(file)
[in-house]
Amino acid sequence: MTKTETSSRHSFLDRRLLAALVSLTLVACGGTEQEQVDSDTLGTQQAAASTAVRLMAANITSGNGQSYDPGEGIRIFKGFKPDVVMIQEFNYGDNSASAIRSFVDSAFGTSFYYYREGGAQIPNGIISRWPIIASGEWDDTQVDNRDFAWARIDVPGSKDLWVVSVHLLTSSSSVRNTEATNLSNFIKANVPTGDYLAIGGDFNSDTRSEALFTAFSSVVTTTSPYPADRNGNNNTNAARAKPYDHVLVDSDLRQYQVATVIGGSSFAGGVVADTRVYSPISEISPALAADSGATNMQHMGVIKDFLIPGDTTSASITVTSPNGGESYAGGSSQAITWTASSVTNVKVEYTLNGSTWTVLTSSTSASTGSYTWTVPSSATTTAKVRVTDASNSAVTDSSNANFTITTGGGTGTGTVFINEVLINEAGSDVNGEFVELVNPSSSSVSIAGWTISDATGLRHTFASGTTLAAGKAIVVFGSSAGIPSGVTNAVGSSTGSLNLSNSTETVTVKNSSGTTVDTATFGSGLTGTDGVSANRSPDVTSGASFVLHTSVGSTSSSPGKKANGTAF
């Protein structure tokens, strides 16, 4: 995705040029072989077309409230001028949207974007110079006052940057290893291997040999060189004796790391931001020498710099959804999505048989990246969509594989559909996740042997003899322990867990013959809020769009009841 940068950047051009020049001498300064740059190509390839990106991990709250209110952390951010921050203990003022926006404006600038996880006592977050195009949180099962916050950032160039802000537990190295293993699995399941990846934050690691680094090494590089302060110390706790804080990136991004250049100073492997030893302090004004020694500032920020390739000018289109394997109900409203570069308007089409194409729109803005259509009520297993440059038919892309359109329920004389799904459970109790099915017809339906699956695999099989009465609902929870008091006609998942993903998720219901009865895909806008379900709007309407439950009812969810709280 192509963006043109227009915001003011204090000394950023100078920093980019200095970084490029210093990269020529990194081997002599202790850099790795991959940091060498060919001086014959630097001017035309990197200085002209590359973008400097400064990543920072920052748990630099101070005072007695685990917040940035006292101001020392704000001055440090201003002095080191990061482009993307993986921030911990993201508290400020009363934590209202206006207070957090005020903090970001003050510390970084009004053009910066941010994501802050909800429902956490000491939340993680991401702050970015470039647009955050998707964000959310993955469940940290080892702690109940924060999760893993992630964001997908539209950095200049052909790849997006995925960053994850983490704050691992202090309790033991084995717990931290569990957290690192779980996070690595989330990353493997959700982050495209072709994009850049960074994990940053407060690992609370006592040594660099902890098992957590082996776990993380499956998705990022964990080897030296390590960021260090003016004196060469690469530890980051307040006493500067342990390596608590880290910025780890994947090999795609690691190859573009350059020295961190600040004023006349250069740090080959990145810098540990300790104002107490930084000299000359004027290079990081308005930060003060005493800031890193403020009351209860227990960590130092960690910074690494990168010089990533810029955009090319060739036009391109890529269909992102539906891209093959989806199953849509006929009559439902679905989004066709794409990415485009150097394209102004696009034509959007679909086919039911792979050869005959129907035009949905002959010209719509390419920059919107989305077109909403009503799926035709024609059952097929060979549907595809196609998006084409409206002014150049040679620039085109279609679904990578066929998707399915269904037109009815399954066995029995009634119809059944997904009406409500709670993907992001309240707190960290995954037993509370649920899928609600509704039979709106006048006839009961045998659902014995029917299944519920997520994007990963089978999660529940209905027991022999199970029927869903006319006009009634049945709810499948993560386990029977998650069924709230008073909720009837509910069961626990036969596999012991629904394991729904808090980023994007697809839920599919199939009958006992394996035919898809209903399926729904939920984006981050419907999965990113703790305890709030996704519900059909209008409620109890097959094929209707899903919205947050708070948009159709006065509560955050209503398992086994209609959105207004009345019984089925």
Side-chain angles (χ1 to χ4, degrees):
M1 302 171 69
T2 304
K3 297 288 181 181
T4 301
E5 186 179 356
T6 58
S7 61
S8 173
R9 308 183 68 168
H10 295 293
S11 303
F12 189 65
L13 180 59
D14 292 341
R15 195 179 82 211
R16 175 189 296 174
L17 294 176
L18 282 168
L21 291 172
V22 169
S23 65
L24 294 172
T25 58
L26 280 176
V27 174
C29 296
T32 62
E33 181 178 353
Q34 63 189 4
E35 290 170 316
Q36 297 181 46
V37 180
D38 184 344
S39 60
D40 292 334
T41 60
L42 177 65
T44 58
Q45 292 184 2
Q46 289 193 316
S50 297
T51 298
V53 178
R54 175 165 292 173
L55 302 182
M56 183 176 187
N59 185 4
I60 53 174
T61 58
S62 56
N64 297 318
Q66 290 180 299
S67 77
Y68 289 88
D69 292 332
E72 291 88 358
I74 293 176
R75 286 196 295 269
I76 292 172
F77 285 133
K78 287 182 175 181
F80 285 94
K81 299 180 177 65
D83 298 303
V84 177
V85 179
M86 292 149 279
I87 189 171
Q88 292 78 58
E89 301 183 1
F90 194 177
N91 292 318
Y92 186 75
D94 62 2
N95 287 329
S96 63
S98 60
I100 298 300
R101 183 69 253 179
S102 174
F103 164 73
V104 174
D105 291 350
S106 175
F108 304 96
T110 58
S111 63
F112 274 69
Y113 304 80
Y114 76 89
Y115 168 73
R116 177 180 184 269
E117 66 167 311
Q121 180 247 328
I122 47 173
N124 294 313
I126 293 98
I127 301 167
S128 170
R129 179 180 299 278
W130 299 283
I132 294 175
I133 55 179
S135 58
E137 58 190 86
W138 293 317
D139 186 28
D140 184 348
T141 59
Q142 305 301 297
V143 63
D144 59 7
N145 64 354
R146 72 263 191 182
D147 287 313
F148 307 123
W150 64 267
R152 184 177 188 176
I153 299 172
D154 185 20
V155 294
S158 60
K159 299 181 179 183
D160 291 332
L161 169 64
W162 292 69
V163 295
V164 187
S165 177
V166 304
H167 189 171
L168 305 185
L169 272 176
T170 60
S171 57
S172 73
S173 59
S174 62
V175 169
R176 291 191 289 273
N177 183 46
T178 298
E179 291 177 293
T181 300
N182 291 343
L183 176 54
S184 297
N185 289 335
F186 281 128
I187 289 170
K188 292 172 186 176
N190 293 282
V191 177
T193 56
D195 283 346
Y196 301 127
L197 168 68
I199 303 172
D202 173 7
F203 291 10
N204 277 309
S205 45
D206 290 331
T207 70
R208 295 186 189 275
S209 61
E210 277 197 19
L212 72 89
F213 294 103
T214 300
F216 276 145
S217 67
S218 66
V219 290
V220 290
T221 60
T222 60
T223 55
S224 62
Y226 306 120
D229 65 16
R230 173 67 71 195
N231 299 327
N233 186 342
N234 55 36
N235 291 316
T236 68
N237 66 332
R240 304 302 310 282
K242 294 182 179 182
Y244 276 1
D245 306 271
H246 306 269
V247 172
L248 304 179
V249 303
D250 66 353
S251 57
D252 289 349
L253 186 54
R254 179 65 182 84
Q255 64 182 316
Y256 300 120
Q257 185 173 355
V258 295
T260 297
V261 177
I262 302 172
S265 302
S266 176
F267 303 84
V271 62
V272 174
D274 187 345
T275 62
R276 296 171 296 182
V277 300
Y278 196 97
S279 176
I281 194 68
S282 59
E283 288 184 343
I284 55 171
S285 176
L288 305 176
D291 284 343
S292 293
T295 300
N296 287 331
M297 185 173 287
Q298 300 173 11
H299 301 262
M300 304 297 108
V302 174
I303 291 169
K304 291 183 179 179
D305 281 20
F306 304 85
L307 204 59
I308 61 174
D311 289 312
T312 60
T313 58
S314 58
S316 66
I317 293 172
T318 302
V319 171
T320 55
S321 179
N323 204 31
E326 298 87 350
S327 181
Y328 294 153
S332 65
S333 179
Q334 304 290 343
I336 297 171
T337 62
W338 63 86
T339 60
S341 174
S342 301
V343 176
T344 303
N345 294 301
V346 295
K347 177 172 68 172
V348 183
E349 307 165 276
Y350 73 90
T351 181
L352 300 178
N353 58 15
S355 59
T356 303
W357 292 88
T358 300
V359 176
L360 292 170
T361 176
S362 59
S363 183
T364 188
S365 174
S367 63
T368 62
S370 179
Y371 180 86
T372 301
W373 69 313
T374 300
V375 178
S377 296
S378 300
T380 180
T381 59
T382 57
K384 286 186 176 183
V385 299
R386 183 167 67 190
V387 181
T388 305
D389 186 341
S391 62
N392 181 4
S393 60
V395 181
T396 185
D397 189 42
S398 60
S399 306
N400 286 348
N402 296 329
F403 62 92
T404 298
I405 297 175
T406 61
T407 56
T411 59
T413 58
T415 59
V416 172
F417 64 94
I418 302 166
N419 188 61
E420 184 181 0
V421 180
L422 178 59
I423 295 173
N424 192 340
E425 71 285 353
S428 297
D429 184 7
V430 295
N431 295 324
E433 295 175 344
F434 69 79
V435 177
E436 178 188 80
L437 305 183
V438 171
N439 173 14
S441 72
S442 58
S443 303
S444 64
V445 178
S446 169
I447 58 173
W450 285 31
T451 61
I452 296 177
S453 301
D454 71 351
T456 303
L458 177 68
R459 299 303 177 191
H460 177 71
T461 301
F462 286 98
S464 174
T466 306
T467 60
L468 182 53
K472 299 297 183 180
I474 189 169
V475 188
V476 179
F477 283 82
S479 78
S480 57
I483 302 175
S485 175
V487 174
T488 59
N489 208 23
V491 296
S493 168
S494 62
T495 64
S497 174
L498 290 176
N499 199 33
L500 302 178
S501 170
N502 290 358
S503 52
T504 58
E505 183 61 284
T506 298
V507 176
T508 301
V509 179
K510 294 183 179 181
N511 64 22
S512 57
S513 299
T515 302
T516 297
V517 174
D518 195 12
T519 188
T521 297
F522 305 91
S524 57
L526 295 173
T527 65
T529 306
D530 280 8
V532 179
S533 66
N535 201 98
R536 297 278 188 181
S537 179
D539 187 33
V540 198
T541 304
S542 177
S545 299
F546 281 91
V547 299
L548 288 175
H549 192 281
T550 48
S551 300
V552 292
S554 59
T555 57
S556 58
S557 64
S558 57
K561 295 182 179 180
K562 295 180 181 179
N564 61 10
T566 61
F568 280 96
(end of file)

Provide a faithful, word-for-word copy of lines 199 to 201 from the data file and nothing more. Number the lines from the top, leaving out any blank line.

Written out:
L248 304 179
V249 303
D250 66 353